6. Children in DeLillo's fiction are often uncannily wise and observant. Keith andLianne's son Justin and his friends, the twins, try to make sense of the event in secret. They watch with binoculars to see if the planes will come back. They whisper about "Bill Lawton." What do they contribute to the novel? What does their perspective offer?

7. Lianne thinks that Falling Man, the performance artist, "eluded her" (p. 224) - that she felt connected with the other people who watched him fall from the tracks, but "not that man who'd stood above her, detailed and looming" (p. 224). While Lianne researches Falling Man online she comes upon material from a New School panel discussion concerning, "Falling Man as Heartless Exhibitionist or Brave New Chronicler of the Age of Terror" (p. 220). How would you characterize Falling Man's performances?

8. Besides Falling Man, consider some of the other symbols used in this novel. Discuss the significance of the briefcase and the Morandi paintings.

9. At the end of each of the three parts within the novel is a brief coda featuring Hammad, a terrorist, as the protagonist. What effect do you think these passages have on the novel as a whole? How does the inclusion of the terrorist's perspective affect a story told primarily from the victims' point of view?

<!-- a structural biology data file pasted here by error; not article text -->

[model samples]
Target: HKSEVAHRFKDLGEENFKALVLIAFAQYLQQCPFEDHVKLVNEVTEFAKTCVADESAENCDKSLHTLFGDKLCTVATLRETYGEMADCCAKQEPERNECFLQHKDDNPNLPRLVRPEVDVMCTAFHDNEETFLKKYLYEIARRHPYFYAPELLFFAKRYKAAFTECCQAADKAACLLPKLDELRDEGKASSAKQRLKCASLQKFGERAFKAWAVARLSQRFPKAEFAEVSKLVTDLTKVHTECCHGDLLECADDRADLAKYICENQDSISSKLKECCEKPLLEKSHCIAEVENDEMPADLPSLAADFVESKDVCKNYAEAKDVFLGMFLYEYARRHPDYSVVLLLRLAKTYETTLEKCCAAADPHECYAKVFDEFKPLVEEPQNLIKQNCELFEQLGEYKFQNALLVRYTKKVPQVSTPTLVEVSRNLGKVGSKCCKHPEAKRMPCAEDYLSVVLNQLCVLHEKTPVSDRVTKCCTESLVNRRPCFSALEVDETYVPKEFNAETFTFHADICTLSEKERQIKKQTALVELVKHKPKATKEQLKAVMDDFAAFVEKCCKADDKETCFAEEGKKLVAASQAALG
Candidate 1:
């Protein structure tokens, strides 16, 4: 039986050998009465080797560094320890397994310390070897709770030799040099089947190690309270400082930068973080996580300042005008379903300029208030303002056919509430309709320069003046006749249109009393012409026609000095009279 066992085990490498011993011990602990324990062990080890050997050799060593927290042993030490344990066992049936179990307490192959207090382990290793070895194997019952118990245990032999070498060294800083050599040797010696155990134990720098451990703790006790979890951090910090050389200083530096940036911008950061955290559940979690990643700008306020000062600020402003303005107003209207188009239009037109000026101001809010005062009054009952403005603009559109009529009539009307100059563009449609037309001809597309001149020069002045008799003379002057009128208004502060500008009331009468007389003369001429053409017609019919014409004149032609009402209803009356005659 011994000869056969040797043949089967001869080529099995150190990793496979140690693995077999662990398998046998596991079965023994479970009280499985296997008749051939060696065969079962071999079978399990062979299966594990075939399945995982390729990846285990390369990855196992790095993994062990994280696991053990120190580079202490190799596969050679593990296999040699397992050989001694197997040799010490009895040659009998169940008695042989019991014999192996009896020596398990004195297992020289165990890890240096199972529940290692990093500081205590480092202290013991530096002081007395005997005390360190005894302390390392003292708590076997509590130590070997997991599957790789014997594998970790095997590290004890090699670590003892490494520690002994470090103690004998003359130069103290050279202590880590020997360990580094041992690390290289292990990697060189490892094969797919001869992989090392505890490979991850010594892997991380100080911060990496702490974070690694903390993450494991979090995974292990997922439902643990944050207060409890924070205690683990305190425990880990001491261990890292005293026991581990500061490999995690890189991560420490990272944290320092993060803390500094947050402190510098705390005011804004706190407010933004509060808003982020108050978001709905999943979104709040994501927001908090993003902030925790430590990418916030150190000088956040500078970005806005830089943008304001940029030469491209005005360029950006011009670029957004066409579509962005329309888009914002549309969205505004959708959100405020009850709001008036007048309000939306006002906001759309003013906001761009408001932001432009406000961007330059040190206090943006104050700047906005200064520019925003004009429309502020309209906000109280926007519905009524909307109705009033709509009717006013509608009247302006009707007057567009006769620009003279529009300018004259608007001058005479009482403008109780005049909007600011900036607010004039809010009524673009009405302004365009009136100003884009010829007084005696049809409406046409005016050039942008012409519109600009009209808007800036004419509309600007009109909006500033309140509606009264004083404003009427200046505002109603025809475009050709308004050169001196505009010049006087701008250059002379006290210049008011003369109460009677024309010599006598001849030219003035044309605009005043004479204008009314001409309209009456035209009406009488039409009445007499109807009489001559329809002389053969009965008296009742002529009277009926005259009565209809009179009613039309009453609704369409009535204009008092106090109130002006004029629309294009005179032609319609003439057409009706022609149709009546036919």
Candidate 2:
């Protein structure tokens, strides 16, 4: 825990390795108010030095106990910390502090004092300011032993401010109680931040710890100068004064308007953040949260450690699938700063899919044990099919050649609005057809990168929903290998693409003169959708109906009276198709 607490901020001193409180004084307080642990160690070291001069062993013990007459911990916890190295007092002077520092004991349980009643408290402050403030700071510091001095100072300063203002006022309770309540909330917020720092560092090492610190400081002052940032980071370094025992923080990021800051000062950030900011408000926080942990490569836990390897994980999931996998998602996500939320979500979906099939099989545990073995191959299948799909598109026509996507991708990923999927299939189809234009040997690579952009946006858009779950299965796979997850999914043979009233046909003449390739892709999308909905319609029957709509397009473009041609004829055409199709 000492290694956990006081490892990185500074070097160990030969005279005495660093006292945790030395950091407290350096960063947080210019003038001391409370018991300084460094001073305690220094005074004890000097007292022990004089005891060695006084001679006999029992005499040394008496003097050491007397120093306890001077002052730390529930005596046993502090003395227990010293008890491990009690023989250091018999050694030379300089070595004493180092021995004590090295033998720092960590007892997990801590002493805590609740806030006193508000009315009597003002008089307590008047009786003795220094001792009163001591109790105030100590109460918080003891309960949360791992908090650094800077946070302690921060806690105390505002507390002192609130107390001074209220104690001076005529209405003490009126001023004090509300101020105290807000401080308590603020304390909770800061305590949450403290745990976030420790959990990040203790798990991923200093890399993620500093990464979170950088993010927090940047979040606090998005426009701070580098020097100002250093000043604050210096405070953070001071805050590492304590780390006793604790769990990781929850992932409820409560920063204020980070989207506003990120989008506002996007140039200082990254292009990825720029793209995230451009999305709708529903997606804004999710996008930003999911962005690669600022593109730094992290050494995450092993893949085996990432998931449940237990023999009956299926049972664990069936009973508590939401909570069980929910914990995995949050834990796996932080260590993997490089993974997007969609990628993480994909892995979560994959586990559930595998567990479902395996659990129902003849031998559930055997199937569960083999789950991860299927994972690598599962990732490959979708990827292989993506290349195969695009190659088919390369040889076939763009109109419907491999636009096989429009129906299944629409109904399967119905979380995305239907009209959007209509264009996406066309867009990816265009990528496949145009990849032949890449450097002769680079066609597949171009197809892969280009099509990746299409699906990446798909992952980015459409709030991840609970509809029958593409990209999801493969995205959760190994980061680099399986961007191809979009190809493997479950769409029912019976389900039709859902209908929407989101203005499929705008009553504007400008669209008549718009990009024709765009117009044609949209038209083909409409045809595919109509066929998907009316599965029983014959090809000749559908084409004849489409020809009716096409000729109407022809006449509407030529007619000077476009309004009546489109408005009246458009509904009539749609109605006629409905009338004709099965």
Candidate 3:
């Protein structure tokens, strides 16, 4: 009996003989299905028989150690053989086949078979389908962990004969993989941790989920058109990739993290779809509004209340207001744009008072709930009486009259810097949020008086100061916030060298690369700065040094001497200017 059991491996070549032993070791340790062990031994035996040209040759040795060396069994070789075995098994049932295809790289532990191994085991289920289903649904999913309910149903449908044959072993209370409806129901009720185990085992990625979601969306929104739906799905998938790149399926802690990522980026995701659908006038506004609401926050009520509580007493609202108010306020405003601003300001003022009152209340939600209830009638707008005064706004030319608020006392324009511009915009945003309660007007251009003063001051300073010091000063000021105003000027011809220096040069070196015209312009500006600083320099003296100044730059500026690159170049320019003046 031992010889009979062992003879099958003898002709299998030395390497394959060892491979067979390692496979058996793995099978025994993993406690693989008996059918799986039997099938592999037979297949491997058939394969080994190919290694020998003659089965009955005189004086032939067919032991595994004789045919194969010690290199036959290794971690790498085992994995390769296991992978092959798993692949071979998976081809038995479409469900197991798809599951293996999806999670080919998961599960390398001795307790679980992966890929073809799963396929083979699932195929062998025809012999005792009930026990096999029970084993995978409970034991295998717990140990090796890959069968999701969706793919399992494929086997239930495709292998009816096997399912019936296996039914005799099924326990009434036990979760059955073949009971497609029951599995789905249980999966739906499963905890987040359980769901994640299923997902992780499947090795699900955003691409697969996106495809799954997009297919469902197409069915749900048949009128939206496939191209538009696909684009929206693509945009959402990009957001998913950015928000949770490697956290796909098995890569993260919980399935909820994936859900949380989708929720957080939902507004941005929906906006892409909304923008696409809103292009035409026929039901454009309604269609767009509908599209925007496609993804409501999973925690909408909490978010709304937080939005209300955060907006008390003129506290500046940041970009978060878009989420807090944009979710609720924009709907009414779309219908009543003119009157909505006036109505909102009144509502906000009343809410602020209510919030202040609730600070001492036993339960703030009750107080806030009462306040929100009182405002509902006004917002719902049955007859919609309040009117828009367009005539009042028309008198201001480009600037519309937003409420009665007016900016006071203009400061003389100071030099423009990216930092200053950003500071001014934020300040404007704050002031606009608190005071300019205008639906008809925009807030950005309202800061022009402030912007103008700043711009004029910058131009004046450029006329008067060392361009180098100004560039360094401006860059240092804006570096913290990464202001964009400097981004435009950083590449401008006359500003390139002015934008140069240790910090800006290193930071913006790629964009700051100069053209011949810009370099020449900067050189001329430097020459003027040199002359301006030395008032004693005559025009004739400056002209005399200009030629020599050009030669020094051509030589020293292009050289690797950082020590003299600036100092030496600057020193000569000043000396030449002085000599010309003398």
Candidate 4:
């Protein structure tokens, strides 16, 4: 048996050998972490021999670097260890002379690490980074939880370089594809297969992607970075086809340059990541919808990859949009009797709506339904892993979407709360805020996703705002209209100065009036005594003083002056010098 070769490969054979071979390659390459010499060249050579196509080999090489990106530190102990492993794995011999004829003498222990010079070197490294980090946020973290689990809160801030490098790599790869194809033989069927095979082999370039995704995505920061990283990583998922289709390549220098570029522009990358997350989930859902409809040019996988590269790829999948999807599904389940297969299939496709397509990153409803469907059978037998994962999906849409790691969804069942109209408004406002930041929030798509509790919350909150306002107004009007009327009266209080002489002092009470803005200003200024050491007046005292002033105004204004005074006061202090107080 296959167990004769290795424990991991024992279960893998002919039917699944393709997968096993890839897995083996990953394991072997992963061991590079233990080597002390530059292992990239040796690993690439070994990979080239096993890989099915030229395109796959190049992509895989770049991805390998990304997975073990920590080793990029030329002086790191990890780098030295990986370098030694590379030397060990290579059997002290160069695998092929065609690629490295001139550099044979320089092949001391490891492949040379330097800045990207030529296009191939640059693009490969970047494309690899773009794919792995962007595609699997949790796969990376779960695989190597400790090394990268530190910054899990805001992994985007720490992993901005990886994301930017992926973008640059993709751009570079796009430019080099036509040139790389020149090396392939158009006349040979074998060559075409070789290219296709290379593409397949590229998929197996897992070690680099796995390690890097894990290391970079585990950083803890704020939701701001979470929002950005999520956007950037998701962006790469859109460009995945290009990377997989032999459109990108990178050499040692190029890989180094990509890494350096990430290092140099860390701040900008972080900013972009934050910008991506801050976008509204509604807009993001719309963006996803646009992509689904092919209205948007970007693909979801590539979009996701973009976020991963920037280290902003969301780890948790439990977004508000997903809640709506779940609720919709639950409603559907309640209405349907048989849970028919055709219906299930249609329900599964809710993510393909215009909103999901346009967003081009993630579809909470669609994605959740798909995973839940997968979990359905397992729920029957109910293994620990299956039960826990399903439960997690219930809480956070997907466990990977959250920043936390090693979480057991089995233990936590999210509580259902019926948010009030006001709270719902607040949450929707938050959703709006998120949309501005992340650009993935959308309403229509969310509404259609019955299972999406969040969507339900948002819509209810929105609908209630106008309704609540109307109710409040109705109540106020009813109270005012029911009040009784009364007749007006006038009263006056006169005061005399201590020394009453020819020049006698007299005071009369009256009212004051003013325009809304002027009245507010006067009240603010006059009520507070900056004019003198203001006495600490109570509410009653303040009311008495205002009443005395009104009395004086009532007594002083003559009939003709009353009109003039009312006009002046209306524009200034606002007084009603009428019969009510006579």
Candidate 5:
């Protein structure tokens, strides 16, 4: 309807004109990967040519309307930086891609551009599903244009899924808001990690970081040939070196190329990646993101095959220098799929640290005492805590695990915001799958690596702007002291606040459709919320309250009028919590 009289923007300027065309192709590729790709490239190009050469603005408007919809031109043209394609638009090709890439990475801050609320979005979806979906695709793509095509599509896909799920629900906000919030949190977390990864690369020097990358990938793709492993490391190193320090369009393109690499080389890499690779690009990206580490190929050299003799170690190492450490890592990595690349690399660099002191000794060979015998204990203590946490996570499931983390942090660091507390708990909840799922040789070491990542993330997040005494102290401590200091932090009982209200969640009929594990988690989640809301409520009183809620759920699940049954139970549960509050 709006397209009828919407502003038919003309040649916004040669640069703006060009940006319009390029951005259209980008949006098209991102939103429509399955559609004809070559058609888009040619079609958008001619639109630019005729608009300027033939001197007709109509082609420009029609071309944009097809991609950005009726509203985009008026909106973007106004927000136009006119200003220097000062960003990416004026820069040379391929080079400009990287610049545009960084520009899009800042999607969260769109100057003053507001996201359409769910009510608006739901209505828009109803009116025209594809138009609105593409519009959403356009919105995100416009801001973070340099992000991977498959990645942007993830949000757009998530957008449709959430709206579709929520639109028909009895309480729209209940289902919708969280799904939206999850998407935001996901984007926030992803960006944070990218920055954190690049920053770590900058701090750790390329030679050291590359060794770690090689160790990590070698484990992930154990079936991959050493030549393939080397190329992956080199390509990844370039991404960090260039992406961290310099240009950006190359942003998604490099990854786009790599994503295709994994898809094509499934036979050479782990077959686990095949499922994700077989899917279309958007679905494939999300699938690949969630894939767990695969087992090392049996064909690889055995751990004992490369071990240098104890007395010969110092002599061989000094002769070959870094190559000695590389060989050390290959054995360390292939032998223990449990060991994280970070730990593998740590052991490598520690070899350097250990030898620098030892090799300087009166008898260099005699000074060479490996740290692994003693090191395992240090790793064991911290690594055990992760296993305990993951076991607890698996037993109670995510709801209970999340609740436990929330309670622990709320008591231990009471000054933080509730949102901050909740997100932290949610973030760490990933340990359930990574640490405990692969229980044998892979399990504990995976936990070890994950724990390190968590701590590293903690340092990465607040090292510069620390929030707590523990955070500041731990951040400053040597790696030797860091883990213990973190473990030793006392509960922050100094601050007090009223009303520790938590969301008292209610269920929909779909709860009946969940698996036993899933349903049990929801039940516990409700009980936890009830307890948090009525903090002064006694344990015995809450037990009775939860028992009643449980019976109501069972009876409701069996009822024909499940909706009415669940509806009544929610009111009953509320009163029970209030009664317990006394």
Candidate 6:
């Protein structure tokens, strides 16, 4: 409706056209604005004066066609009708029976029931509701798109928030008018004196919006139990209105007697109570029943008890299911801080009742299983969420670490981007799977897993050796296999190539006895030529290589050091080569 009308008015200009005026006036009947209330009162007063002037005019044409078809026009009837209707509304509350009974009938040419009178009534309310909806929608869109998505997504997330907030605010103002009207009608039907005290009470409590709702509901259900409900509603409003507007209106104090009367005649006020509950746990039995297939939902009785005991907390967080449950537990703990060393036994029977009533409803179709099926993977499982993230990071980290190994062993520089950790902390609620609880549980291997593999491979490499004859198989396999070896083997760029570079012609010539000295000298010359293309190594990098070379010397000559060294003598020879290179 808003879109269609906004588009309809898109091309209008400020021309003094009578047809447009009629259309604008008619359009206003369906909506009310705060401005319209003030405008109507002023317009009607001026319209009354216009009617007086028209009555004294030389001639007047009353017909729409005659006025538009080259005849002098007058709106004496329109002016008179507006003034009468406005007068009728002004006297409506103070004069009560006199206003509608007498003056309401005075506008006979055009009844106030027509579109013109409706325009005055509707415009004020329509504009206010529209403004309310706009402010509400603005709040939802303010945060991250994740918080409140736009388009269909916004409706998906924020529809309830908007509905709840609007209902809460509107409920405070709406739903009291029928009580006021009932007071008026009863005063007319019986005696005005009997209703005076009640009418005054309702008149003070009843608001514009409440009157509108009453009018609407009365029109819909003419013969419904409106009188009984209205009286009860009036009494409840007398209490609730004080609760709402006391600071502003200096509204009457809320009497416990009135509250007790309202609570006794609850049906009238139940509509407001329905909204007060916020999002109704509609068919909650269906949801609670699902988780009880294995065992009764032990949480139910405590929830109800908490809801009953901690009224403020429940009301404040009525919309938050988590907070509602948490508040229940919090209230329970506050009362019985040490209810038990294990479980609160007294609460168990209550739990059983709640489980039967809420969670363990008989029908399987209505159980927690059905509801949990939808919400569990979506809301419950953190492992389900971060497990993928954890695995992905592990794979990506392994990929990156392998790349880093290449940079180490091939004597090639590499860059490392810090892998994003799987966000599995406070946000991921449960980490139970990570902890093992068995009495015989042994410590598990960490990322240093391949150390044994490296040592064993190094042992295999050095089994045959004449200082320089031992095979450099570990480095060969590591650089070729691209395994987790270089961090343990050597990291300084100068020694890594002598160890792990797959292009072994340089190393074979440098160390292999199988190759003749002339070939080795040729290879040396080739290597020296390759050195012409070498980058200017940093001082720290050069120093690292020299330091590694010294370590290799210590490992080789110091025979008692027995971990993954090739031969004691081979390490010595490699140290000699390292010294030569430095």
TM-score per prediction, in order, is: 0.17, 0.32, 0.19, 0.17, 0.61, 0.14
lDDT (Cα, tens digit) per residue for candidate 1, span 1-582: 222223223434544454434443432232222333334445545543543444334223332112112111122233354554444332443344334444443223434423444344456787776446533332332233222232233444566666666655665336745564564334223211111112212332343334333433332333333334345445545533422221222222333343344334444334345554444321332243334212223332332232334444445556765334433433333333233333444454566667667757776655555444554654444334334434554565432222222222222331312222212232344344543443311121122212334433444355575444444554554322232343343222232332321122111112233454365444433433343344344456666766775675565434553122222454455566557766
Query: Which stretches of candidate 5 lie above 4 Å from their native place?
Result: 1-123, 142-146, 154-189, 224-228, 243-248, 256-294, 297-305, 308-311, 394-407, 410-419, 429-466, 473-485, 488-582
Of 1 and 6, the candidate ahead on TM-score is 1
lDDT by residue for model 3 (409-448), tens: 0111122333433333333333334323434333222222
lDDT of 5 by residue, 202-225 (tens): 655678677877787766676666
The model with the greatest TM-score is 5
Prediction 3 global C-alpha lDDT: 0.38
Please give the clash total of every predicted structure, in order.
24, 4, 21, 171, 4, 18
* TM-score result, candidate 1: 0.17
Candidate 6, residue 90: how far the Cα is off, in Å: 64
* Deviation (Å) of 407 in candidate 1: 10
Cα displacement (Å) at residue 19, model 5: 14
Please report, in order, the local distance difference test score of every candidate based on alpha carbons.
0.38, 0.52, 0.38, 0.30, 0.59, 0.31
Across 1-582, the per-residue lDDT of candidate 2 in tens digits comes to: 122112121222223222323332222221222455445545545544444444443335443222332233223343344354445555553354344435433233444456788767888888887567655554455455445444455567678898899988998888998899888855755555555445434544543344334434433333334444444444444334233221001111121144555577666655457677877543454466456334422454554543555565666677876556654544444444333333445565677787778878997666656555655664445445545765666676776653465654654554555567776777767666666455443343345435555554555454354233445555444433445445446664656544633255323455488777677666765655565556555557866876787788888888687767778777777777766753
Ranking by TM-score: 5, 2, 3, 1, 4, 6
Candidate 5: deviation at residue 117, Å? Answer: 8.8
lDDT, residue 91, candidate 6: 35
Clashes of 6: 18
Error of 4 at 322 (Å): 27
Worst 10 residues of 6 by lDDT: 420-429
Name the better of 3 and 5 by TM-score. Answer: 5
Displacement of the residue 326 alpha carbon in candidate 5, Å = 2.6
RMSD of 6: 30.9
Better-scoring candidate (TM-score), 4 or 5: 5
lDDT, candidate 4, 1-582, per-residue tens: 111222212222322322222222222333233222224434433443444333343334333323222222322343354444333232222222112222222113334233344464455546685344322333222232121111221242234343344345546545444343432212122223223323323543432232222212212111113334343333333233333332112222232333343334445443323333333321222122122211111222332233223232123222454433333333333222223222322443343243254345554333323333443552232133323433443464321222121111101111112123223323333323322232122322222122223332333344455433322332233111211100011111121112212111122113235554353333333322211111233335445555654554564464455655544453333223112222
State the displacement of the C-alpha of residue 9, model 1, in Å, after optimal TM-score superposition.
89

10. Is there meaning in the book's narrative structure? It opens with Keith walking out of the wreckage, moves on to explore how Keith and Lianne struggle to cope with life after 9/11, and concludes with the attacks themselves, as Keith watches his friend die and then escapes down the stairs. Why do you think DeLillo both opens and closes the novel in the midst of the chaos? How different, in terms of the narration and connotation, is the introduction from the conclusion?

11. The novel closes with the following lines, "Then he [Keith] saw a shirt come down out of the sky. He walked and saw it fall, arms waving like nothing in this life" (p. 246). Discuss how these concluding sentences made you feel. What do you think DeLillo was trying to accomplish in closing his 9/11 novel in this way?